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'Always thinking in the other part of the globe': Australians and the meanings of wartime correspondence
chapterposted on 2020-01-01, 00:00 authored by Bart ZiinoBart Ziino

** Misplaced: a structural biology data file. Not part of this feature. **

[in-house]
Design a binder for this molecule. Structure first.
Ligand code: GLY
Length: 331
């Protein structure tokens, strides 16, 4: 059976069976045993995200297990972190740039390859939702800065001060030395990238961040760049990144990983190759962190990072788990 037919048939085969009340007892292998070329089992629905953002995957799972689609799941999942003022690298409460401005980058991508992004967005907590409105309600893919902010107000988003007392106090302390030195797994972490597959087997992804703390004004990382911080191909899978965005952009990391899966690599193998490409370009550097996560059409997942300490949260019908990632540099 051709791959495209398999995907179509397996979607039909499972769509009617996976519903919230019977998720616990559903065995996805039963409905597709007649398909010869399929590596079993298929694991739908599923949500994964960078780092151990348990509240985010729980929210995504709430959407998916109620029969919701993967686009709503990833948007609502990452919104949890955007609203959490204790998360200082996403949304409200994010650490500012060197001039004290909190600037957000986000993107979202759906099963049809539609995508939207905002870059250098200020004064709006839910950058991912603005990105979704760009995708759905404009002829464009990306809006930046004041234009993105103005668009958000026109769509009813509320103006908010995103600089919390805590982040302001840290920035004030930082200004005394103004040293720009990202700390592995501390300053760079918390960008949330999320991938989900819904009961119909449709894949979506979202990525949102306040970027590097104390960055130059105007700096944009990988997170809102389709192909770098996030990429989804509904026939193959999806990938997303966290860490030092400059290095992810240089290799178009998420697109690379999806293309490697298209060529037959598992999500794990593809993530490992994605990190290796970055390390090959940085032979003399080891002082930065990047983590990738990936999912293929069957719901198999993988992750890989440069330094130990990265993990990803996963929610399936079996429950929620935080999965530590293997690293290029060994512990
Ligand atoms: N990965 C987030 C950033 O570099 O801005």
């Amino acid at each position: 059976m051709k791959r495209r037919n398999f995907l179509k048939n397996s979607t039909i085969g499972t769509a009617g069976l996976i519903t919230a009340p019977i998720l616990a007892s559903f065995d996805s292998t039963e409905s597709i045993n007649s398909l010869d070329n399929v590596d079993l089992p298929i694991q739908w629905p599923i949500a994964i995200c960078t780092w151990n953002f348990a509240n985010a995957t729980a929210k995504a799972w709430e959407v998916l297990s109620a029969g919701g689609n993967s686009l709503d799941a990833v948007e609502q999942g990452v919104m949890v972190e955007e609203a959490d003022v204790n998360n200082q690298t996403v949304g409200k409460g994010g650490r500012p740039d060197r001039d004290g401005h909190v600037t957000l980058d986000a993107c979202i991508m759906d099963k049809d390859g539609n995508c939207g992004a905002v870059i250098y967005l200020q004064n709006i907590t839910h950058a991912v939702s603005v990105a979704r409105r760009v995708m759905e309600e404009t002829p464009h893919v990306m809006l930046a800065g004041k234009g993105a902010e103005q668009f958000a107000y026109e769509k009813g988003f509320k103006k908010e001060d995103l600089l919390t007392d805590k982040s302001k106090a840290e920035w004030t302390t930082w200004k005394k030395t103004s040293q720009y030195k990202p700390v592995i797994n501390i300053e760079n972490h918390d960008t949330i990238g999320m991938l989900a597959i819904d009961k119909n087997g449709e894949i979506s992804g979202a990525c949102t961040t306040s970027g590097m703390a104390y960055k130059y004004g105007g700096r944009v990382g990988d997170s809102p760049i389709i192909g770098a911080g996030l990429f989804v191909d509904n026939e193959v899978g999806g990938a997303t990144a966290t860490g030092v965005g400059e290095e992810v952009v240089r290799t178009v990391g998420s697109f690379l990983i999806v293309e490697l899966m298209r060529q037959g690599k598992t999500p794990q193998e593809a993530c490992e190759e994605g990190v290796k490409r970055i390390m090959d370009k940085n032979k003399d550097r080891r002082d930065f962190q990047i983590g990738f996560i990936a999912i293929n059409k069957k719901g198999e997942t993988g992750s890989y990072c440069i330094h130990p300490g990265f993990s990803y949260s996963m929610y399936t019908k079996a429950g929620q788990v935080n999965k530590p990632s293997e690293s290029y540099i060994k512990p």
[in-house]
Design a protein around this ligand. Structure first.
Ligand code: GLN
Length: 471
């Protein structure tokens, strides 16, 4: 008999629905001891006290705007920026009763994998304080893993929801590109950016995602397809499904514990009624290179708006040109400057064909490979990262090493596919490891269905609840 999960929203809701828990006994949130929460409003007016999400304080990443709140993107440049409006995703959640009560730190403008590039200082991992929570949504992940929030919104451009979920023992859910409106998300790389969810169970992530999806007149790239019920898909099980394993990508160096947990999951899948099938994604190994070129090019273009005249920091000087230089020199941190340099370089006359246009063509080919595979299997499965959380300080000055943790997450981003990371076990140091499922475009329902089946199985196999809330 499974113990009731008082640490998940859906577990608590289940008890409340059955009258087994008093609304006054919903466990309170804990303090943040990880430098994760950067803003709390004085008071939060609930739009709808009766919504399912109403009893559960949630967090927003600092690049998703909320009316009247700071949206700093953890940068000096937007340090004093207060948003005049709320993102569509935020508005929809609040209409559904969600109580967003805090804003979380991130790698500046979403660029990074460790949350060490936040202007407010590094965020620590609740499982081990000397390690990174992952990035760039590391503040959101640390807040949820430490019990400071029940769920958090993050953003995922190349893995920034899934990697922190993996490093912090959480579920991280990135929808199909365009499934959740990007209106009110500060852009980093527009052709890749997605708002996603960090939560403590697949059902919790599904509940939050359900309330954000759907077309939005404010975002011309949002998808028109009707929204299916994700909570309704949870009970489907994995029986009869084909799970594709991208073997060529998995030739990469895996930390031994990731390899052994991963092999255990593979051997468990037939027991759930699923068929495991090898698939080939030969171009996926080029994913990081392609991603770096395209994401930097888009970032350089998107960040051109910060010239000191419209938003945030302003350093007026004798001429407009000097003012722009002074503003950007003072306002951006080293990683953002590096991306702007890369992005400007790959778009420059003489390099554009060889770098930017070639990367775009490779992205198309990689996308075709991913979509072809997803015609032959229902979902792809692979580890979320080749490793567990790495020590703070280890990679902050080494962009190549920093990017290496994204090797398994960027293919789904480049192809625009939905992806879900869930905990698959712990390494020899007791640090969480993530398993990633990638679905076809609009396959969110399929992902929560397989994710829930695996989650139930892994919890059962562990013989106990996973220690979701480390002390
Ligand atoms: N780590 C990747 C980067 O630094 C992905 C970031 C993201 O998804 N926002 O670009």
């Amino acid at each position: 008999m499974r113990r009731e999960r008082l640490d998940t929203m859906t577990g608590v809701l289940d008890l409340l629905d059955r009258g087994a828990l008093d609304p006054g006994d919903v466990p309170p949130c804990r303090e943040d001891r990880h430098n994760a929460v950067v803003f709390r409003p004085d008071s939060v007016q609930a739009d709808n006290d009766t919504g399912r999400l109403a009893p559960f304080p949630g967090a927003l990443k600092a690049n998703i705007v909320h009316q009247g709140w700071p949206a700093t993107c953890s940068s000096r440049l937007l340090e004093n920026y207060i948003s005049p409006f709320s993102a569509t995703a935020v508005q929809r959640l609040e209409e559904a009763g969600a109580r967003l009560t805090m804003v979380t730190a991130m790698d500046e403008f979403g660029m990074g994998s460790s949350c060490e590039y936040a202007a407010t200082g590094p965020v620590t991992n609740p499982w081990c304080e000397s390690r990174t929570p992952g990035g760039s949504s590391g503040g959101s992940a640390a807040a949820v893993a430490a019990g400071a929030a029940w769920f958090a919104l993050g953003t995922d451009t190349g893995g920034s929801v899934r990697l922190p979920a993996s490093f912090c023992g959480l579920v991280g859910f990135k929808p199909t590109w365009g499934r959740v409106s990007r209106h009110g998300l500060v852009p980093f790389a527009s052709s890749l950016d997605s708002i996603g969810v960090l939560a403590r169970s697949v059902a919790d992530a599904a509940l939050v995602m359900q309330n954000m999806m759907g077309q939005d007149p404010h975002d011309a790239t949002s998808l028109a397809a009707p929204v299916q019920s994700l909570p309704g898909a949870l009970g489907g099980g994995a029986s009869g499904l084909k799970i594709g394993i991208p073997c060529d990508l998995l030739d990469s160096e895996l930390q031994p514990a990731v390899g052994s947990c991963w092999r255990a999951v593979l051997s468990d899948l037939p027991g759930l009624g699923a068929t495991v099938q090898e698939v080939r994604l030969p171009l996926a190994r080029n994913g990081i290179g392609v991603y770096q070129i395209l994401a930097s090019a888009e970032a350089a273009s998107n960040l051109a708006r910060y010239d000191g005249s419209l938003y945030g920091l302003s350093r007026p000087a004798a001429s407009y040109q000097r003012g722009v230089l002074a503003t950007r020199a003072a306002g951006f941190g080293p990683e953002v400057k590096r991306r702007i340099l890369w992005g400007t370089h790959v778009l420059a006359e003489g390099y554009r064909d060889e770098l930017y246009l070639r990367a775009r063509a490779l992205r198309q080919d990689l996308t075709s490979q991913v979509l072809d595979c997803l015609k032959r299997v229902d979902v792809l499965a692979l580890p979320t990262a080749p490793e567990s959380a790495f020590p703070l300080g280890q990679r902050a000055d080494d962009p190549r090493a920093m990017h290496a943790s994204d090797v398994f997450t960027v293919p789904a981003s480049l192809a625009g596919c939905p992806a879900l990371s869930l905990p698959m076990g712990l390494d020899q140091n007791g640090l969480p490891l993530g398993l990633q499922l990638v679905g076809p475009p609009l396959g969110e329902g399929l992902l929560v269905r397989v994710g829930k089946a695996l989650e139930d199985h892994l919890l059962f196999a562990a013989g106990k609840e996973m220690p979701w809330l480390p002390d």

This chapter investigates the conduct and meaning of correspondence between Australian soldiers and their families in the First World War, especially from the perspective of civilians whose lives were enmeshed in the conflict twelve thousand miles away. Australians at home could achieve potent understanding of the war at the fighting front, though even the most committed correspondents could experience long lapses and interruptions in their epistolary relationships. The content and anxiety-relieving power of letters stood in relation to the much more immediate news of fighting and casualties in the daily press. Thus proximity and distance were hardly fixed, but dynamic and changing in their relationship to the lived experience of thousands of individuals and families invested in the war.